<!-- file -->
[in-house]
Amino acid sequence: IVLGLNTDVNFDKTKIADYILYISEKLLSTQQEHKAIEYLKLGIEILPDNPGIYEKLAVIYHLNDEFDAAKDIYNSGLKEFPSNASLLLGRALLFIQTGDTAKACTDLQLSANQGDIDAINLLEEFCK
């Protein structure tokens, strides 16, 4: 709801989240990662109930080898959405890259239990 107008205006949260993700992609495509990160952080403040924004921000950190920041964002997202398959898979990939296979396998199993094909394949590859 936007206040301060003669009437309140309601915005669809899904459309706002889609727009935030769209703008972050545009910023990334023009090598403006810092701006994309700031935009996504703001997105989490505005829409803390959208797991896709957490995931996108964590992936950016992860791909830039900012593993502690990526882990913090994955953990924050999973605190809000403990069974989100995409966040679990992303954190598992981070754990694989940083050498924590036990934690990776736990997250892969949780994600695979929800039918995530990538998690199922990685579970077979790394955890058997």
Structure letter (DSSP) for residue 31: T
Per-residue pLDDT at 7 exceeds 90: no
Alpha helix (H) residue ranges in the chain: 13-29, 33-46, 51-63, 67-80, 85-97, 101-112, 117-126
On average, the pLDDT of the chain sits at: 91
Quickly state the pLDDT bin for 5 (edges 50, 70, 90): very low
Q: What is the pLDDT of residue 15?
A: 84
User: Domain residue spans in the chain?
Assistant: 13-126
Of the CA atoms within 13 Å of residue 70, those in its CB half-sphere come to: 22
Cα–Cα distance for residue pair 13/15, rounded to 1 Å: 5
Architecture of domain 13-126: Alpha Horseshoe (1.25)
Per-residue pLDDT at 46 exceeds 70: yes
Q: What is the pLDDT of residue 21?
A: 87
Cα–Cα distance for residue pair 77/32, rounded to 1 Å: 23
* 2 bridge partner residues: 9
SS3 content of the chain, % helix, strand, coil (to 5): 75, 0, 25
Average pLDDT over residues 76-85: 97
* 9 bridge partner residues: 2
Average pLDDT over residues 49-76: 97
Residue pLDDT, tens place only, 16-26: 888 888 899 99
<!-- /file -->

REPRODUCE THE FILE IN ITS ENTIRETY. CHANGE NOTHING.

[in-house]
Amino acid sequence: IVLGLNTDVNFDKTKIADYILYISEKLLSTQQEHKAIEYLKLGIEILPDNPGIYEKLAVIYHLNDEFDAAKDIYNSGLKEFPSNASLLLGRALLFIQTGDTAKACTDLQLSANQGDIDAINLLEEFCK
């Protein structure tokens, strides 16, 4: 709801989240990662109930080898959405890259239990 107008205006949260993700992609495509990160952080403040924004921000950190920041964002997202398959898979990939296979396998199993094909394949590859 936007206040301060003669009437309140309601915005669809899904459309706002889609727009935030769209703008972050545009910023990334023009090598403006810092701006994309700031935009996504703001997105989490505005829409803390959208797991896709957490995931996108964590992936950016992860791909830039900012593993502690990526882990913090994955953990924050999973605190809000403990069974989100995409966040679990992303954190598992981070754990694989940083050498924590036990934690990776736990997250892969949780994600695979929800039918995530990538998690199922990685579970077979790394955890058997």
Structure letter (DSSP) for residue 31: T
Per-residue pLDDT at 7 exceeds 90: no
Alpha helix (H) residue ranges in the chain: 13-29, 33-46, 51-63, 67-80, 85-97, 101-112, 117-126
On average, the pLDDT of the chain sits at: 91
Quickly state the pLDDT bin for 5 (edges 50, 70, 90): very low
Q: What is the pLDDT of residue 15?
A: 84
User: Domain residue spans in the chain?
Assistant: 13-126
Of the CA atoms within 13 Å of residue 70, those in its CB half-sphere come to: 22
Cα–Cα distance for residue pair 13/15, rounded to 1 Å: 5
Architecture of domain 13-126: Alpha Horseshoe (1.25)
Per-residue pLDDT at 46 exceeds 70: yes
Q: What is the pLDDT of residue 21?
A: 87
Cα–Cα distance for residue pair 77/32, rounded to 1 Å: 23
* 2 bridge partner residues: 9
SS3 content of the chain, % helix, strand, coil (to 5): 75, 0, 25
Average pLDDT over residues 76-85: 97
* 9 bridge partner residues: 2
Average pLDDT over residues 49-76: 97
Residue pLDDT, tens place only, 16-26: 888 888 899 99